After being in Weston and Beaufort, we returned to Kota Kinabalu. There was a very impressive mosque on the outskirts of KK, so we stopped the have a look at it.
Our guide AJ is a Muslim and he spoke about the annual Ramadan which he participated in. This means that if he is taking a group of tourists up Mt Kinabalu, he does not break his 29 or 30 day fast. He talked about the strength mentally to maintain the fast.
After booking into our hotel, we had an easy day, doing some shopping. When we got back to our hotel, a few of our travel companions had settled in with a few cold beers. We joined them for a couple before 4 of us, with our guide EJ, drove 40 minutes to the Mari Mari Cultural village.
This is about 3 acres of land set up to display 5 local Sabah tribal houses to show how they used to live in years gone by. We had a local guide to take us around.
At each hut there was a person dressed in traditional clothes, who cooked or prepared something for us that was special to their culture. This varied from honey wine, rice wine, bamboo stick cooking (where chopped chicken, bay leaves, garlic, onion and rice was stuffed inside the bamboo which was placed in coals to cook), all of which we tried.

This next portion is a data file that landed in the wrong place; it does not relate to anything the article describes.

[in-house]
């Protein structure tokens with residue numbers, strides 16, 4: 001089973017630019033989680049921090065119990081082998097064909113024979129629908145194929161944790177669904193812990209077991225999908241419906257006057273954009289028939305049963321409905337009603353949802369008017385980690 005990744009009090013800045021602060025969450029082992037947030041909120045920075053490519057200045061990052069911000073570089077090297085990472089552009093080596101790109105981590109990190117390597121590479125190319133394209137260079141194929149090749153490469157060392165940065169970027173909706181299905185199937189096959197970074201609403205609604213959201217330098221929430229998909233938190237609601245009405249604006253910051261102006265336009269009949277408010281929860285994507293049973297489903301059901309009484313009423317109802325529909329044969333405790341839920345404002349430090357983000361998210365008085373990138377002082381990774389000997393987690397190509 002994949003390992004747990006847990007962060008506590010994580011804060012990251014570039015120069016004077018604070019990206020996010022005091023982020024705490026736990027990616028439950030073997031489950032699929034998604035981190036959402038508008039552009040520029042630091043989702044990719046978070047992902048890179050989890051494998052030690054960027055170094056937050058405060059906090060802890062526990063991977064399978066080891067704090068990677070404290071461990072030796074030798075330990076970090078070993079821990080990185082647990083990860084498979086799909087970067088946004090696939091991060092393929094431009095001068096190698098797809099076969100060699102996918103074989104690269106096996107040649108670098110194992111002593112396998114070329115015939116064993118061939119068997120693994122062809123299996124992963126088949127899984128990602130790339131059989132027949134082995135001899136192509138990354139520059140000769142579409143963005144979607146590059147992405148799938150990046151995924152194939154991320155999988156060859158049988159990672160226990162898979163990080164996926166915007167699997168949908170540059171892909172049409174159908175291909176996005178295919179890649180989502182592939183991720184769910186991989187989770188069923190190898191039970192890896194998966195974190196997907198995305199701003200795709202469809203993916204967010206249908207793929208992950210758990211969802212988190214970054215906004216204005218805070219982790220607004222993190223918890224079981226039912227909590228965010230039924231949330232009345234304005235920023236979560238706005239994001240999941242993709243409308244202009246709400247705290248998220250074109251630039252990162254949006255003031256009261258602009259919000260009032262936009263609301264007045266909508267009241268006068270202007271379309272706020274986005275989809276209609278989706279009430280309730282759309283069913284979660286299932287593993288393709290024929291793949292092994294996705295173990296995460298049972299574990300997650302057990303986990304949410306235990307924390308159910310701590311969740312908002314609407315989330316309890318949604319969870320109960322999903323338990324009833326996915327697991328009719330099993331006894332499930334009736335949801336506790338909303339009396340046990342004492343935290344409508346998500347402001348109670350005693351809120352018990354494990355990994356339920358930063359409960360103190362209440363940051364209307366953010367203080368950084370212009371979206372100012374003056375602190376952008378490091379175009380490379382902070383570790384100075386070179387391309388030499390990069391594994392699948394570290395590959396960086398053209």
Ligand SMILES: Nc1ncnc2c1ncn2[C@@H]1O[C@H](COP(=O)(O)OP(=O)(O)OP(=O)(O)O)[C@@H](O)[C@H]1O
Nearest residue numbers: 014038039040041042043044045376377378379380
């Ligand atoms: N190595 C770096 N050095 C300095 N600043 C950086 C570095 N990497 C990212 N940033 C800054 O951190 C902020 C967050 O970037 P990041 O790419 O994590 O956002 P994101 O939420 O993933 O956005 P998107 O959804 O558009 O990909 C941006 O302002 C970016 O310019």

In one of the longhouses, a traditionally clad man was applying henna to tourists. Before I knew it, I had a design on one of my arms.
We came to a high fence and gate and Tom was our Chief for the night. He was stopped by the resident Chief and they greeted each other with loud shouts and a hand on each other’s shoulder. We were let through after this traditional welcome.
It was then that we sat and watched some traditional percussion music and dance. One of the dances was with bamboo poles being clapped together while dancers moved their feet in amongst the bamboo, ensuring they did not get ‘caught’ by the bamboos coming together. They then invited some of the tourists to join in...which I did successfully. We all had a good laugh.
Labels: Kota Kinabalu, Mari Mari Cultural Village, Sabah Culture